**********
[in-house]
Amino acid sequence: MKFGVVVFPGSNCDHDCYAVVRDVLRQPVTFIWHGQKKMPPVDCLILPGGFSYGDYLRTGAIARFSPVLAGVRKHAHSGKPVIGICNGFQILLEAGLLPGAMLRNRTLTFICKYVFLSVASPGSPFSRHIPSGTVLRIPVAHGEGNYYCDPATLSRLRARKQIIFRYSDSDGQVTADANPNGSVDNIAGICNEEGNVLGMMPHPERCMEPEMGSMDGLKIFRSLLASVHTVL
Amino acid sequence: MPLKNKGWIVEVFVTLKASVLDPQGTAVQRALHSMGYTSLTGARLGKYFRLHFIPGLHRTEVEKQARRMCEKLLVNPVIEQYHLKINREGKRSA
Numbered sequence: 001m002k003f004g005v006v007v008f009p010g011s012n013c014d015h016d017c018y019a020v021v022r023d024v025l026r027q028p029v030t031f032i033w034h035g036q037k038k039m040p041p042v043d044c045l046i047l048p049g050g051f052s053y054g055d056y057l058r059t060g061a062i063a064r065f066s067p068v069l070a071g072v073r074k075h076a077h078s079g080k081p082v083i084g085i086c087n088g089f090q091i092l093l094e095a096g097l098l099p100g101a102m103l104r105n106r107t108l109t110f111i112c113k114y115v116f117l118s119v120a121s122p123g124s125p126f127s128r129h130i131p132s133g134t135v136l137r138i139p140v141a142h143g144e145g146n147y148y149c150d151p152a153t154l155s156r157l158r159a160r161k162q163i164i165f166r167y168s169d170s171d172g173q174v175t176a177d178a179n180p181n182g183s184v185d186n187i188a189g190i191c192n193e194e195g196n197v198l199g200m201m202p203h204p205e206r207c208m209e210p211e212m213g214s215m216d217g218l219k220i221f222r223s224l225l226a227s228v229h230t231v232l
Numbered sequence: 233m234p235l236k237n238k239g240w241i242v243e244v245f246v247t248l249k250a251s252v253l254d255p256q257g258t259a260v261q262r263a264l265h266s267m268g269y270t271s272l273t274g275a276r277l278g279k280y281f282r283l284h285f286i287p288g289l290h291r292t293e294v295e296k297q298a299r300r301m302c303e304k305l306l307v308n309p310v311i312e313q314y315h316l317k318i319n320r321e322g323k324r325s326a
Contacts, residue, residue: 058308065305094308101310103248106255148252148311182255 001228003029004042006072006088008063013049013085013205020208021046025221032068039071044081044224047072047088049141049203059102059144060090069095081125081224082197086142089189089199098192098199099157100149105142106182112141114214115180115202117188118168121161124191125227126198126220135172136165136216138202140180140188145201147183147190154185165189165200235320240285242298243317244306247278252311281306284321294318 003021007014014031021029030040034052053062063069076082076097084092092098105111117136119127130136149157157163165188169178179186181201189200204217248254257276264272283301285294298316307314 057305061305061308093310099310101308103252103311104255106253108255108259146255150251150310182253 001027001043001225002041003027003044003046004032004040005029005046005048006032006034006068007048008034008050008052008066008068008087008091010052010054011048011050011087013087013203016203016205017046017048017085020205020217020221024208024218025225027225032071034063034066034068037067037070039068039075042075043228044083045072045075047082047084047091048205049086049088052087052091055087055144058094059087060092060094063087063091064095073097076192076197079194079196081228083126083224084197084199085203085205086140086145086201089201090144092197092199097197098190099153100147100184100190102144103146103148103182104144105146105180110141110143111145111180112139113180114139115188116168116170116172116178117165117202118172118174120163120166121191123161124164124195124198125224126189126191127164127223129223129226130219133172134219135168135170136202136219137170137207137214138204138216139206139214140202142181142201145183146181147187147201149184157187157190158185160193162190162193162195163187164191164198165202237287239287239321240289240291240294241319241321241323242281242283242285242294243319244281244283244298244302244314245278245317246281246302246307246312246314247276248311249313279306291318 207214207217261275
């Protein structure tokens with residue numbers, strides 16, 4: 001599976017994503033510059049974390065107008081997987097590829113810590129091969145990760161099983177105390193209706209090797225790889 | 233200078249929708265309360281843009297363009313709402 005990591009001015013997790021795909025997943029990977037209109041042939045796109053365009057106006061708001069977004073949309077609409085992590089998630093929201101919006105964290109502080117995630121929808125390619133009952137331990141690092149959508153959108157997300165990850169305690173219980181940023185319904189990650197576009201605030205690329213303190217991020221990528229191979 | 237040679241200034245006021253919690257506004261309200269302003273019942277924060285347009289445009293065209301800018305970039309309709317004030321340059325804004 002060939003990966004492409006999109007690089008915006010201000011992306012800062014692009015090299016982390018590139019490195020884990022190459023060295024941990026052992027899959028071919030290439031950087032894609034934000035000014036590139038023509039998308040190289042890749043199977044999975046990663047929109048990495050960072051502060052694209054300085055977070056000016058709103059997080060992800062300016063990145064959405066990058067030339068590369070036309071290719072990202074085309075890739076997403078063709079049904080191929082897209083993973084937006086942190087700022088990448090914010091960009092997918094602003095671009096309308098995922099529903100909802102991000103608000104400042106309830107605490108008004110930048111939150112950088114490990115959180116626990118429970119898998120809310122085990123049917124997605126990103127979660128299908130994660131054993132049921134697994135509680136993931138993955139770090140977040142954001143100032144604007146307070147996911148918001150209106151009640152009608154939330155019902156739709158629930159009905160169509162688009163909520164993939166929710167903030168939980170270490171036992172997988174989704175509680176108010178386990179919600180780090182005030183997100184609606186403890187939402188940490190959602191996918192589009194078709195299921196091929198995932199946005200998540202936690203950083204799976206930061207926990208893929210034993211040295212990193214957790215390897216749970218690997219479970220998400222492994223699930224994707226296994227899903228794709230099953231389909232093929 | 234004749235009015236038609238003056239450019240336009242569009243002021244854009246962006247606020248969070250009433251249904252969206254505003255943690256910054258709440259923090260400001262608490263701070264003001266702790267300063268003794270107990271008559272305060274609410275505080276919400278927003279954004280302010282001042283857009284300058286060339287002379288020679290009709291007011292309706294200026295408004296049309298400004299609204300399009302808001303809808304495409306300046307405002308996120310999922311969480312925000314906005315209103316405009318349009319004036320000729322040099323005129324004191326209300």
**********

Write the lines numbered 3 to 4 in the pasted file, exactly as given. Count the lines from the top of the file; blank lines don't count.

Amino acid sequence: MPLKNKGWIVEVFVTLKASVLDPQGTAVQRALHSMGYTSLTGARLGKYFRLHFIPGLHRTEVEKQARRMCEKLLVNPVIEQYHLKINREGKRSA
Numbered sequence: 001m002k003f004g005v006v007v008f009p010g011s012n013c014d015h016d017c018y019a020v021v022r023d024v025l026r027q028p029v030t031f032i033w034h035g036q037k038k039m040p041p042v043d044c045l046i047l048p049g050g051f052s053y054g055d056y057l058r059t060g061a062i063a064r065f066s067p068v069l070a071g072v073r074k075h076a077h078s079g080k081p082v083i084g085i086c087n088g089f090q091i092l093l094e095a096g097l098l099p100g101a102m103l104r105n106r107t108l109t110f111i112c113k114y115v116f117l118s119v120a121s122p123g124s125p126f127s128r129h130i131p132s133g134t135v136l137r138i139p140v141a142h143g144e145g146n147y148y149c150d151p152a153t154l155s156r157l158r159a160r161k162q163i164i165f166r167y168s169d170s171d172g173q174v175t176a177d178a179n180p181n182g183s184v185d186n187i188a189g190i191c192n193e194e195g196n197v198l199g200m201m202p203h204p205e206r207c208m209e210p211e212m213g214s215m216d217g218l219k220i221f222r223s224l225l226a227s228v229h230t231v232l